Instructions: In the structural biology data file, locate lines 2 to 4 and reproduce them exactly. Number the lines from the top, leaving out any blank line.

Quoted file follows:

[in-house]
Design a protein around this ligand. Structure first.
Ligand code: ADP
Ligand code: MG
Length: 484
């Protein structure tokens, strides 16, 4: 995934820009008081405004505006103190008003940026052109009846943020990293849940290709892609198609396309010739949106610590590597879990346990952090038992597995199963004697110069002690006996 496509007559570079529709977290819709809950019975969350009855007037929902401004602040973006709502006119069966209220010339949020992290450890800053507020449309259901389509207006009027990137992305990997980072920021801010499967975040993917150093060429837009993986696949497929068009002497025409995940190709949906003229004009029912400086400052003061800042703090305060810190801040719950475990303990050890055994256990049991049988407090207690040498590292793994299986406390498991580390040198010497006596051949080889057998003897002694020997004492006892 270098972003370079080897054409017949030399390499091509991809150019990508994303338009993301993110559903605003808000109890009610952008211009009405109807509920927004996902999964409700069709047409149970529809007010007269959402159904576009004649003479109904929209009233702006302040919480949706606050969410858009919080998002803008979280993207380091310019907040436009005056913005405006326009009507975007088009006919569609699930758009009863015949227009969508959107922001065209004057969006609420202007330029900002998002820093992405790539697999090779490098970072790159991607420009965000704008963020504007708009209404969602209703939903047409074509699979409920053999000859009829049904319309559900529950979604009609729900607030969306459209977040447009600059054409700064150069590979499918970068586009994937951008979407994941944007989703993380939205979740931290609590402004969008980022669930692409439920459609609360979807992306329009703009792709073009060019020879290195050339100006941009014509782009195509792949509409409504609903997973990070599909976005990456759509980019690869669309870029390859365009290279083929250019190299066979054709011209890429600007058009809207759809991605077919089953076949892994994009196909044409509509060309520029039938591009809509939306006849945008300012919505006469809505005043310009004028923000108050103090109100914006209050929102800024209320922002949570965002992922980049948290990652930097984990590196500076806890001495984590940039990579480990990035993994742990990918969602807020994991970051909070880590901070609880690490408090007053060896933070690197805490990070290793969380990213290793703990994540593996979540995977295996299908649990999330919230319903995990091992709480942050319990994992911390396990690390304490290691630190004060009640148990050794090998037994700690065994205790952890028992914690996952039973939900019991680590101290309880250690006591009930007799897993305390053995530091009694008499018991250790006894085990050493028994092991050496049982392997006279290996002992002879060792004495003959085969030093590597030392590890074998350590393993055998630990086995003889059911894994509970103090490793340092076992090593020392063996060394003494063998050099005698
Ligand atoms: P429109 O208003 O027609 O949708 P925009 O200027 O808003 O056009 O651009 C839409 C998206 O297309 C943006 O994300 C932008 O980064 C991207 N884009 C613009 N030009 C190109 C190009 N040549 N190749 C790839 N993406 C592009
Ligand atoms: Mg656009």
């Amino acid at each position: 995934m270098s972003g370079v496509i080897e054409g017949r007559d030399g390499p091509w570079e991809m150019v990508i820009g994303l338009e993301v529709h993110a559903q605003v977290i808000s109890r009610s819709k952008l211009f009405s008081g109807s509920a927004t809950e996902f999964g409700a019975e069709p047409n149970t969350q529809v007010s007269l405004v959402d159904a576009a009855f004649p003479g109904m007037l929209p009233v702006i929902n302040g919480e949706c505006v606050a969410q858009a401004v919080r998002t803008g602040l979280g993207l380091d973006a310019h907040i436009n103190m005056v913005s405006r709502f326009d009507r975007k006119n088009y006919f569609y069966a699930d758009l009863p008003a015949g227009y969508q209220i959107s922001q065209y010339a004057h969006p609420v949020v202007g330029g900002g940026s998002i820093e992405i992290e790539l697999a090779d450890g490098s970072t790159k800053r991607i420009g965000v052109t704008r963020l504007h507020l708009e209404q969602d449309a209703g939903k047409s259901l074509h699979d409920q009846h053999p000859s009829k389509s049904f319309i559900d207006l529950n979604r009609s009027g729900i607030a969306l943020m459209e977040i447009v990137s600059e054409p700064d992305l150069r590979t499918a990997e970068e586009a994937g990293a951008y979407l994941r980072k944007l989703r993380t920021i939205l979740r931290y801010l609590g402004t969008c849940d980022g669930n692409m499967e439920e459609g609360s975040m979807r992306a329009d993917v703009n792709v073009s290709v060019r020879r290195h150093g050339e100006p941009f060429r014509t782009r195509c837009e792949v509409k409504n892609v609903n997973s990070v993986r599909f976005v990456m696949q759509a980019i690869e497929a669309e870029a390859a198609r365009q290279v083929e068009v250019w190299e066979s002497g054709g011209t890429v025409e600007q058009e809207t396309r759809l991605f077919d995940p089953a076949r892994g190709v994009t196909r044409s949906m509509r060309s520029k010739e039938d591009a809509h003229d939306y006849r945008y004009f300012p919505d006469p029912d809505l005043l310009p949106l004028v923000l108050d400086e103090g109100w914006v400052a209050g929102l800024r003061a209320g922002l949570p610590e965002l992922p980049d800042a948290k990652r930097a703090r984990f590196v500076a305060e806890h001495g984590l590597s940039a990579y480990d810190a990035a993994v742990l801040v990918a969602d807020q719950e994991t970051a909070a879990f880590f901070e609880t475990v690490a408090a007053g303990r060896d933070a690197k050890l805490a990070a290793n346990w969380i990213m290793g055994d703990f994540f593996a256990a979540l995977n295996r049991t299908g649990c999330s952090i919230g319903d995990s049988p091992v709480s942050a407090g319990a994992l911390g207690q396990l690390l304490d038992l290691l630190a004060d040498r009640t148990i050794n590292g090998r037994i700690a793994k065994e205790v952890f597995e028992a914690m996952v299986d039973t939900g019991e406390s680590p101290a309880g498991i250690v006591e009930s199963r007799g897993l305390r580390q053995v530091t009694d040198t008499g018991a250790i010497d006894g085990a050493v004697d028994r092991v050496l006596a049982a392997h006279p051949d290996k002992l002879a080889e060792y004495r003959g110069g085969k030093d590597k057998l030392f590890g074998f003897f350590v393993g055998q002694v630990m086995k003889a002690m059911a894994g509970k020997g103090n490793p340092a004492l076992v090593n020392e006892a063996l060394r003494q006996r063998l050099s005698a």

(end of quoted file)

Design a protein around this ligand. Structure first.
Ligand code: ADP
Ligand code: MG